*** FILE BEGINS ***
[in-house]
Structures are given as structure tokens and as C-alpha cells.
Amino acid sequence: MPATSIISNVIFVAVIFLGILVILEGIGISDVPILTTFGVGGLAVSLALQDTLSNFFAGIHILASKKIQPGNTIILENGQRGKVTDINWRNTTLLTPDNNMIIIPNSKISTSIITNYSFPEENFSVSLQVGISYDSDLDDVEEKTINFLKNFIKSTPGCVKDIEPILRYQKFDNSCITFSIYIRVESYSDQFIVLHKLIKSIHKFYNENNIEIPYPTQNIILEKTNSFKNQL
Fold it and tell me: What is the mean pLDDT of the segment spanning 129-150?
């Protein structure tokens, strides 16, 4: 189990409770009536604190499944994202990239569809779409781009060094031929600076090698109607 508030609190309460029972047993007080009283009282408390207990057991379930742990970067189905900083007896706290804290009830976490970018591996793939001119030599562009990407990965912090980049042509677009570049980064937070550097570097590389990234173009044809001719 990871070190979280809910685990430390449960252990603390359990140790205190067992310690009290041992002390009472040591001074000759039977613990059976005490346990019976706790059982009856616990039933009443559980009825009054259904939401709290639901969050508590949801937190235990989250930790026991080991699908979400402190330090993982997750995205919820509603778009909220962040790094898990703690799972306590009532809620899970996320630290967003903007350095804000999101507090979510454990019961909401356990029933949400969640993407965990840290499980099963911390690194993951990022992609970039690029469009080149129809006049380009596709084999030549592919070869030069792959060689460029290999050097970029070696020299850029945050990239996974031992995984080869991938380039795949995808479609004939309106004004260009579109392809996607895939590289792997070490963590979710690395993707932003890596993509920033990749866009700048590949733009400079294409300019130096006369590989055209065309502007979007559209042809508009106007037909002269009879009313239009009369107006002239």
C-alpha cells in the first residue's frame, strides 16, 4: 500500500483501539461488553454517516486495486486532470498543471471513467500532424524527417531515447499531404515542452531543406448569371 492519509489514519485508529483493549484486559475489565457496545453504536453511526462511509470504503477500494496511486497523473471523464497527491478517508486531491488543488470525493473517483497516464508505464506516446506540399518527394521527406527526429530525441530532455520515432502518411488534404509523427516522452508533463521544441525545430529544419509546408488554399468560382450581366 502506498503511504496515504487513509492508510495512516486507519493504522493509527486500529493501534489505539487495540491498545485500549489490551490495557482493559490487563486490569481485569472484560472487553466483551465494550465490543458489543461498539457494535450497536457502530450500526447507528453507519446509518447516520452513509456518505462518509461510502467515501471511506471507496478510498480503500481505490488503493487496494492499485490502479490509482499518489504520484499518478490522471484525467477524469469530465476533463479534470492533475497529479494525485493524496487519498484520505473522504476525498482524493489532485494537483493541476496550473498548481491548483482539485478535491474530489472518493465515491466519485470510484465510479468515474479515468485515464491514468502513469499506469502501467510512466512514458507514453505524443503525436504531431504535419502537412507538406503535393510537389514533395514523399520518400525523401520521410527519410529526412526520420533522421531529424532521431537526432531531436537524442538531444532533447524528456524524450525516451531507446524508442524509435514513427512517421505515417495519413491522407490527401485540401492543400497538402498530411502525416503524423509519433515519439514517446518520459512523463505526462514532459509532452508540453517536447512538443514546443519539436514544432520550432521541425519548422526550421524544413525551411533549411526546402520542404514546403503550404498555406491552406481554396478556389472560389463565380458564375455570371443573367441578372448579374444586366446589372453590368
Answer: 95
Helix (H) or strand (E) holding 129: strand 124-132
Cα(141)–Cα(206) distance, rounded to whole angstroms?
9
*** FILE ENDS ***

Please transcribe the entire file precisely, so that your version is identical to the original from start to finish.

[in-house]
Structures are given as structure tokens and as C-alpha cells.
Amino acid sequence: MPATSIISNVIFVAVIFLGILVILEGIGISDVPILTTFGVGGLAVSLALQDTLSNFFAGIHILASKKIQPGNTIILENGQRGKVTDINWRNTTLLTPDNNMIIIPNSKISTSIITNYSFPEENFSVSLQVGISYDSDLDDVEEKTINFLKNFIKSTPGCVKDIEPILRYQKFDNSCITFSIYIRVESYSDQFIVLHKLIKSIHKFYNENNIEIPYPTQNIILEKTNSFKNQL
Fold it and tell me: What is the mean pLDDT of the segment spanning 129-150?
């Protein structure tokens, strides 16, 4: 189990409770009536604190499944994202990239569809779409781009060094031929600076090698109607 508030609190309460029972047993007080009283009282408390207990057991379930742990970067189905900083007896706290804290009830976490970018591996793939001119030599562009990407990965912090980049042509677009570049980064937070550097570097590389990234173009044809001719 990871070190979280809910685990430390449960252990603390359990140790205190067992310690009290041992002390009472040591001074000759039977613990059976005490346990019976706790059982009856616990039933009443559980009825009054259904939401709290639901969050508590949801937190235990989250930790026991080991699908979400402190330090993982997750995205919820509603778009909220962040790094898990703690799972306590009532809620899970996320630290967003903007350095804000999101507090979510454990019961909401356990029933949400969640993407965990840290499980099963911390690194993951990022992609970039690029469009080149129809006049380009596709084999030549592919070869030069792959060689460029290999050097970029070696020299850029945050990239996974031992995984080869991938380039795949995808479609004939309106004004260009579109392809996607895939590289792997070490963590979710690395993707932003890596993509920033990749866009700048590949733009400079294409300019130096006369590989055209065309502007979007559209042809508009106007037909002269009879009313239009009369107006002239």
C-alpha cells in the first residue's frame, strides 16, 4: 500500500483501539461488553454517516486495486486532470498543471471513467500532424524527417531515447499531404515542452531543406448569371 492519509489514519485508529483493549484486559475489565457496545453504536453511526462511509470504503477500494496511486497523473471523464497527491478517508486531491488543488470525493473517483497516464508505464506516446506540399518527394521527406527526429530525441530532455520515432502518411488534404509523427516522452508533463521544441525545430529544419509546408488554399468560382450581366 502506498503511504496515504487513509492508510495512516486507519493504522493509527486500529493501534489505539487495540491498545485500549489490551490495557482493559490487563486490569481485569472484560472487553466483551465494550465490543458489543461498539457494535450497536457502530450500526447507528453507519446509518447516520452513509456518505462518509461510502467515501471511506471507496478510498480503500481505490488503493487496494492499485490502479490509482499518489504520484499518478490522471484525467477524469469530465476533463479534470492533475497529479494525485493524496487519498484520505473522504476525498482524493489532485494537483493541476496550473498548481491548483482539485478535491474530489472518493465515491466519485470510484465510479468515474479515468485515464491514468502513469499506469502501467510512466512514458507514453505524443503525436504531431504535419502537412507538406503535393510537389514533395514523399520518400525523401520521410527519410529526412526520420533522421531529424532521431537526432531531436537524442538531444532533447524528456524524450525516451531507446524508442524509435514513427512517421505515417495519413491522407490527401485540401492543400497538402498530411502525416503524423509519433515519439514517446518520459512523463505526462514532459509532452508540453517536447512538443514546443519539436514544432520550432521541425519548422526550421524544413525551411533549411526546402520542404514546403503550404498555406491552406481554396478556389472560389463565380458564375455570371443573367441578372448579374444586366446589372453590368
Answer: 95
Helix (H) or strand (E) holding 129: strand 124-132
Cα(141)–Cα(206) distance, rounded to whole angstroms?
9